I'm trying to remember the last time that a series between the Orioles and Athletics had the potential to influence the playoff picture.
Jim Palmer may have been matched up against Catfish Hunter.
Tonight, you'll have to settle for Zach Britton vs. Jarrod Parker, followed by Tommy Hunter vs. Bartolo Colon on Saturday and Wei-Yin Chen vs. Travis Blackley on Sunday.
The Orioles can enjoy the convenience of scouting Colon in their own backyard.
If they wanted to take another look at Jake Arrieta last night, his start for Triple-A Norfolk was rained out.
Other teams are paying attention to Arrieta, as well. He's a potential trade chip. And the Orioles understand that to get pitching, they'll have to part with pitching.
I talked to someone in the organization this week who agrees that Arrieta is the guy who most intrigues prospective trade partners among the young arms in the system that aren't attached to Dylan Bundy.
Tabbed as the opening day starter, he went 3-9 with a 6.13 ERA in 18 games before being optioned. He's 2-0 with a 3.18 ERA in two starts for Norfolk, with four runs and 13 hits allowed, four walks and 11 strikeouts in 11 1/3 innings.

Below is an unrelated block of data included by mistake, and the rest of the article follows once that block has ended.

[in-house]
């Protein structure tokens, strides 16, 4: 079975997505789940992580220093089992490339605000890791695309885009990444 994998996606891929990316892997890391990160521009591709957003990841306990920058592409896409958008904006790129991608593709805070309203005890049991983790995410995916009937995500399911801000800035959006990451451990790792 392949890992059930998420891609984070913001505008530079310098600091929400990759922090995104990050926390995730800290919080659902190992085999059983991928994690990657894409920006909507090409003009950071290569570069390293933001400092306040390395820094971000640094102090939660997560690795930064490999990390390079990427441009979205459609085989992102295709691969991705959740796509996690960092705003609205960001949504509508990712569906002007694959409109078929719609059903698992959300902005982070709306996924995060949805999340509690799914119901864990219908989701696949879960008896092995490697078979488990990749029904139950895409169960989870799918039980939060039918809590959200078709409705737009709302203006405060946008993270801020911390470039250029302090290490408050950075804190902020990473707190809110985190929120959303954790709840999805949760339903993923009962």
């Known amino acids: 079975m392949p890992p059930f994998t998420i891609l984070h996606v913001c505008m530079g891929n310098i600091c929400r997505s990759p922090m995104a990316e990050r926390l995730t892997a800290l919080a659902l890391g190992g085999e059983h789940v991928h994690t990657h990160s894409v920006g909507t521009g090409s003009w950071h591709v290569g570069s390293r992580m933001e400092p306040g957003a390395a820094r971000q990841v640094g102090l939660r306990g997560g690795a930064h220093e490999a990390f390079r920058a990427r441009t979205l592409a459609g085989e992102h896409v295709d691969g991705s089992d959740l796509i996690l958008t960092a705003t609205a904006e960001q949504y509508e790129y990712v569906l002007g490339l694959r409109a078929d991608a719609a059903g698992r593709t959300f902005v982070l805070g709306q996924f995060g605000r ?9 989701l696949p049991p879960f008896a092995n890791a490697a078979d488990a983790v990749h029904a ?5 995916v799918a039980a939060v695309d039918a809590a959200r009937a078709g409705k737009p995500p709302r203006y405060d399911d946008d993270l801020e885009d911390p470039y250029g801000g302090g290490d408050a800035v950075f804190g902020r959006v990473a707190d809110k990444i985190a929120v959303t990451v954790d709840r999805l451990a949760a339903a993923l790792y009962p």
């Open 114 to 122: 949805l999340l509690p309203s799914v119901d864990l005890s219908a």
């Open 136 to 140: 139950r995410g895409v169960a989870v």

Part of Arrieta's appeal to other organizations, as it's been explained to me, is his willingness to take instruction. He listens. He works hard. He's just underachieving this season.
Brian Graham, the Orioles coordinator of minor league instruction, offered positive reports on Arrieta and left-hander Brian Matusz yesterday while meeting with Showalter.
"He said things are going well with both of them, all things considered, and he thinks they'll be options for us if we have a need," Showalter said.
Of course, Showalter would prefer that the Orioles not have a need. He'd like to deflate the tires on that shuttle going back and forth between Baltimore and Norfolk.
"I think it's more about how the guys are pitching here and if there's a need here," he said. "I think where Zach made a lot of strides is when he realized that he wasn't on some rehab assignment. He was down there pitching to present himself as a first option to come back if we have a need."
Showalter naturally likes the idea of having depth at the Triple-A level. It can be used in different ways, including as part of a trade proposal.
Keep that in mind the next time Arrieta pitches.